When we try and determine the relative contribution (degree of participation, indispensability of participation, and non-fungability of participation) to past productivity, we have to agree on rules and measurements and definitions. As hard as that is to do, once we have reached agreement, then the actual calculation is relatively straightforward. We may disagree with the values reflected in the process of measuring, but it is usually relatively easy to do (as long as we have appropriate data).

In contrast, judging what someone's relative contribution to future productivity will be is a minefield not only of data but estimations of risk and probability and causation. Is this person, looking like they will be holed up in their room for the next ten years, a genius in the process of producing the next silicon chip or Moby Dick, or are they a misanthropic sociopath. Even if we are confident they are a genius, how likely is it that they will actually deliver the kind of innovation and value of which we think they are capable and how do we measure that value? Value, estimation, and risk all call heavily upon shared culture, worldview and values. Hard as this is to do (estimate future value), it is moderately achievable in an environment of shared values. Where values are not shared, it becomes extraordinarily hard to arrive at a consensus as to probable future value. If we cannot reach agreement on future productivity, we cannot then agree on how to reward those actions now necessary for future value. If we don't agree, then it is likely we won't reward present actions for future productivity. And if we don't reward it, then we are most likely locking ourselves into a future without increases in productivity.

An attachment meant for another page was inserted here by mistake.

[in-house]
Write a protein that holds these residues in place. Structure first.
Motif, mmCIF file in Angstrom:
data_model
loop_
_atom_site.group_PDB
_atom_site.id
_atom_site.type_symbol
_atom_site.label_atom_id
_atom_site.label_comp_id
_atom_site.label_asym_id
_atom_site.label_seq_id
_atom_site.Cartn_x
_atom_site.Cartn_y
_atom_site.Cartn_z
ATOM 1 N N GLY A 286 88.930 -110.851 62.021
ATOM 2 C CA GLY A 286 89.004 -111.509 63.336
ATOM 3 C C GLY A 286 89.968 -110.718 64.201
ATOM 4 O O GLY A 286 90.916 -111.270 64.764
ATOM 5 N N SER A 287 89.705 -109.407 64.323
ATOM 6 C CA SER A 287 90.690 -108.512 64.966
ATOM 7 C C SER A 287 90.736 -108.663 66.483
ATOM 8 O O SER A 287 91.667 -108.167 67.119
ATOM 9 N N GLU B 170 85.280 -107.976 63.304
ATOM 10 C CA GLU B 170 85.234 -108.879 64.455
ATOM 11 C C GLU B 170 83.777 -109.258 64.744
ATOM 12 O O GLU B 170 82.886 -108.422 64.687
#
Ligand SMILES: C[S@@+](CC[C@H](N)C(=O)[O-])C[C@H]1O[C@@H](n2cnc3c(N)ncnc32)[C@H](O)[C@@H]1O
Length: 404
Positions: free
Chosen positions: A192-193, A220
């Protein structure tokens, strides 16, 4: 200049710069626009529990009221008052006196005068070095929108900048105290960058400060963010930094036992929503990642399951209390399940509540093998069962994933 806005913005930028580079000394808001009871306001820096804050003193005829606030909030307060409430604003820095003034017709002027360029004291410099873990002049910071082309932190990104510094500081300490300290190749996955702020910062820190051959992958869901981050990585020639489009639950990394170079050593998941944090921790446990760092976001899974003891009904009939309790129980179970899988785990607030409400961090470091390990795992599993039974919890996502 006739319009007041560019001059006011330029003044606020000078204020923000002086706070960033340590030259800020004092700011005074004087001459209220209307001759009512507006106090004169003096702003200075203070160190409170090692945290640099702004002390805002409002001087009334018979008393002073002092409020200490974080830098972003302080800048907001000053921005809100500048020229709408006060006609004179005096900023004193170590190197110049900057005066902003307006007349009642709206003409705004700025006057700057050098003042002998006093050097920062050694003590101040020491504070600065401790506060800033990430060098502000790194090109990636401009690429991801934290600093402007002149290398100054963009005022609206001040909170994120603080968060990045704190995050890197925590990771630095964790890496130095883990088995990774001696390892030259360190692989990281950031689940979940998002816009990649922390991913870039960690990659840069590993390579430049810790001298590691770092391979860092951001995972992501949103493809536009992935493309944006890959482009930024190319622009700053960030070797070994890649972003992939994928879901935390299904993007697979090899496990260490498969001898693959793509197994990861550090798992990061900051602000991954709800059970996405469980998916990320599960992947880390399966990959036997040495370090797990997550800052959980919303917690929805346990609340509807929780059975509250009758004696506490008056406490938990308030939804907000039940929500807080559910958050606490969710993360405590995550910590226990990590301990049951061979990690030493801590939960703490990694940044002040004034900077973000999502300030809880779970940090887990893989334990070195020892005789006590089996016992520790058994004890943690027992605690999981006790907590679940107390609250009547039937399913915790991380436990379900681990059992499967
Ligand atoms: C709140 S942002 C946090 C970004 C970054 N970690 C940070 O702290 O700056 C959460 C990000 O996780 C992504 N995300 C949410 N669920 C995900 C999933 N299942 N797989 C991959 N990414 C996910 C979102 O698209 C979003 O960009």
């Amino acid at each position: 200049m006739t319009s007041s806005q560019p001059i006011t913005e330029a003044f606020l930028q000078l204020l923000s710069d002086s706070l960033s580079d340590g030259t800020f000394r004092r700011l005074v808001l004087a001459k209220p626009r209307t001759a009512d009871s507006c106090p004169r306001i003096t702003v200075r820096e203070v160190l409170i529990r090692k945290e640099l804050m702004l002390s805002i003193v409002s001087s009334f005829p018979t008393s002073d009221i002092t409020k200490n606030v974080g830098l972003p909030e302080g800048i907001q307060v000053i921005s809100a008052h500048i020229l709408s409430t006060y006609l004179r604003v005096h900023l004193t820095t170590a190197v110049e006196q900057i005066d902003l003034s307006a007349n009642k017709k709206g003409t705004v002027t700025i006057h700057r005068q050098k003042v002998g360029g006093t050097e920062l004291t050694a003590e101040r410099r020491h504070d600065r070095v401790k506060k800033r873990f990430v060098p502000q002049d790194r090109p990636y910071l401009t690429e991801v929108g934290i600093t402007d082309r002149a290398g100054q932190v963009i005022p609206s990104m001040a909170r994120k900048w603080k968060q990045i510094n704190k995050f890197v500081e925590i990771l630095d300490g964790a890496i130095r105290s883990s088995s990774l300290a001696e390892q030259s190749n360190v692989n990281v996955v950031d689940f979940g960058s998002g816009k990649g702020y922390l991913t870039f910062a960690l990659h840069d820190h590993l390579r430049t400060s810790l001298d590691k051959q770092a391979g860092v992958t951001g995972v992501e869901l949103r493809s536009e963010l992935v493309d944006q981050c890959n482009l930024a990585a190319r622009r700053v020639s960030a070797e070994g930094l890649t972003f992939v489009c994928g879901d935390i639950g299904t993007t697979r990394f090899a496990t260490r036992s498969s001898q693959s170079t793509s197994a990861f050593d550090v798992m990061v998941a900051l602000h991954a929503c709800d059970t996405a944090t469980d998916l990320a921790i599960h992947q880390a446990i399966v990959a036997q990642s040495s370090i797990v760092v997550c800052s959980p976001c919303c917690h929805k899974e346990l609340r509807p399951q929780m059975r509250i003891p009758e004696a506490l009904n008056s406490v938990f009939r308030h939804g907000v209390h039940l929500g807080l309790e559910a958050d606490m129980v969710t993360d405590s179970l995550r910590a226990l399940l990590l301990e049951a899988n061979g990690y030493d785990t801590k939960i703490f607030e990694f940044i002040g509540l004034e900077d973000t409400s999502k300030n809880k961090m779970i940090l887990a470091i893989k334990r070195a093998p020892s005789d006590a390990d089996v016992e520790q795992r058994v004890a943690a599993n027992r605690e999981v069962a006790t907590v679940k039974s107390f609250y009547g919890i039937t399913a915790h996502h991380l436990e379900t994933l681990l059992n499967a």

This is probably the greatest risk in a country that is governed by a creed (as reflected in the constitutional structure of governance) which allows for and encourages pluralism (diversity).

In a reasonably transparent, data rich environment, we can probably get to some first order approximation of historical contribution of productivity for an individual regardless of how much or little we like the outcome. Some groups, as defined by any of the common divisions - gender, orientation, race, class, religion, etc., will benefit to a greater degree than others by having a better mix of epistemological preparedness and value alignment with the nature of decisions that have to be made. With that knowledge of actual contribution, we can make some rough distribution of rewards that corresponds with those past contributions to productivity.

But that is only half the equation. We aren't interested only in the past, we are interested in the future. Those that contributed the most in the past may not be those most likely to contribute to increased productivity in the future. If we all believe in hard work, saving, moderate risk taking, rewarding agency (eg. those willing to take extreme risks for extreme rewards), then there is a framework for balancing the distribution of rewards. For example, we extend loans (a form of reward) to those that seem most likely to succeed with a risky venture that will yield high productivity the future. So a person can have a low contribution to productivity in the past (and be commensurately rewarded) but may also be highly rewarded for their anticipated prospects in the future. But only if we share common cultural values.

However, if a significant part of the community does not believe in agency, or the connection between risk and reward, are fatalistic (outcomes are random and not associated with effort), etc. then there is no capacity to reach consensus on probable future outcomes. Without agreement, the element of rewarding future productivity disappears, destroying or substantially reducing the incentives for growth.

If we reward only the past, we subvert future productivity growth and are unfair to those that are low productivity but high potential. If we reward only future productivity growth (which opens up the issue of corruption and coercion), we punish those that got us to where we are.